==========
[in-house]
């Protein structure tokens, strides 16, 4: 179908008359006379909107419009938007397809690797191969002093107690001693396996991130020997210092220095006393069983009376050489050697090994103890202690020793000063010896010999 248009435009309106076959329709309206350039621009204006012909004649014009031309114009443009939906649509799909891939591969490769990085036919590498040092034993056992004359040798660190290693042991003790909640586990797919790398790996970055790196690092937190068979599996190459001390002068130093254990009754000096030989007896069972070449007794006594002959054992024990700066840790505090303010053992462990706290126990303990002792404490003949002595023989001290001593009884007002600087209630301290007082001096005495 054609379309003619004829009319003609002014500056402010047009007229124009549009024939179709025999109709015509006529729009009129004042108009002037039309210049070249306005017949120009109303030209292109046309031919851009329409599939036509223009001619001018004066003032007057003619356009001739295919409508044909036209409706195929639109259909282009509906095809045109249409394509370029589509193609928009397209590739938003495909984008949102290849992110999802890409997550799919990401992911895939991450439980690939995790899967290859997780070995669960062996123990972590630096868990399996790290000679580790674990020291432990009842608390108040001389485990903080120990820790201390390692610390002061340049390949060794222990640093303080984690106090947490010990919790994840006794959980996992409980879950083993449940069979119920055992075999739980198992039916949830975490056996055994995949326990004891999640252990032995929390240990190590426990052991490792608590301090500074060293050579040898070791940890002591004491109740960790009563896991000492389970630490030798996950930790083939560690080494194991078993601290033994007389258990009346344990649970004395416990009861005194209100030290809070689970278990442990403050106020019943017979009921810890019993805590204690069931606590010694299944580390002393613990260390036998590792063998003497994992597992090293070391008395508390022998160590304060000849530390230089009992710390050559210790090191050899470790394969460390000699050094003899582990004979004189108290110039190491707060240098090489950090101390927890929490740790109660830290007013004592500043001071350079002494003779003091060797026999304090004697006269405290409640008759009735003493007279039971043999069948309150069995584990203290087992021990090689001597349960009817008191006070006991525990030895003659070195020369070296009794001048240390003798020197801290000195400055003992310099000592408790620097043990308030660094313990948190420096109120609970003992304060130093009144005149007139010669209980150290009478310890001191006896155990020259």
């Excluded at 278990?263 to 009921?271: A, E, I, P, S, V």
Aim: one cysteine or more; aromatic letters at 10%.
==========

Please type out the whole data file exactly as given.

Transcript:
[in-house]
């Protein structure tokens, strides 16, 4: 179908008359006379909107419009938007397809690797191969002093107690001693396996991130020997210092220095006393069983009376050489050697090994103890202690020793000063010896010999 248009435009309106076959329709309206350039621009204006012909004649014009031309114009443009939906649509799909891939591969490769990085036919590498040092034993056992004359040798660190290693042991003790909640586990797919790398790996970055790196690092937190068979599996190459001390002068130093254990009754000096030989007896069972070449007794006594002959054992024990700066840790505090303010053992462990706290126990303990002792404490003949002595023989001290001593009884007002600087209630301290007082001096005495 054609379309003619004829009319003609002014500056402010047009007229124009549009024939179709025999109709015509006529729009009129004042108009002037039309210049070249306005017949120009109303030209292109046309031919851009329409599939036509223009001619001018004066003032007057003619356009001739295919409508044909036209409706195929639109259909282009509906095809045109249409394509370029589509193609928009397209590739938003495909984008949102290849992110999802890409997550799919990401992911895939991450439980690939995790899967290859997780070995669960062996123990972590630096868990399996790290000679580790674990020291432990009842608390108040001389485990903080120990820790201390390692610390002061340049390949060794222990640093303080984690106090947490010990919790994840006794959980996992409980879950083993449940069979119920055992075999739980198992039916949830975490056996055994995949326990004891999640252990032995929390240990190590426990052991490792608590301090500074060293050579040898070791940890002591004491109740960790009563896991000492389970630490030798996950930790083939560690080494194991078993601290033994007389258990009346344990649970004395416990009861005194209100030290809070689970278990442990403050106020019943017979009921810890019993805590204690069931606590010694299944580390002393613990260390036998590792063998003497994992597992090293070391008395508390022998160590304060000849530390230089009992710390050559210790090191050899470790394969460390000699050094003899582990004979004189108290110039190491707060240098090489950090101390927890929490740790109660830290007013004592500043001071350079002494003779003091060797026999304090004697006269405290409640008759009735003493007279039971043999069948309150069995584990203290087992021990090689001597349960009817008191006070006991525990030895003659070195020369070296009794001048240390003798020197801290000195400055003992310099000592408790620097043990308030660094313990948190420096109120609970003992304060130093009144005149007139010669209980150290009478310890001191006896155990020259």
């Excluded at 278990?263 to 009921?271: A, E, I, P, S, V």
Aim: one cysteine or more; aromatic letters at 10%.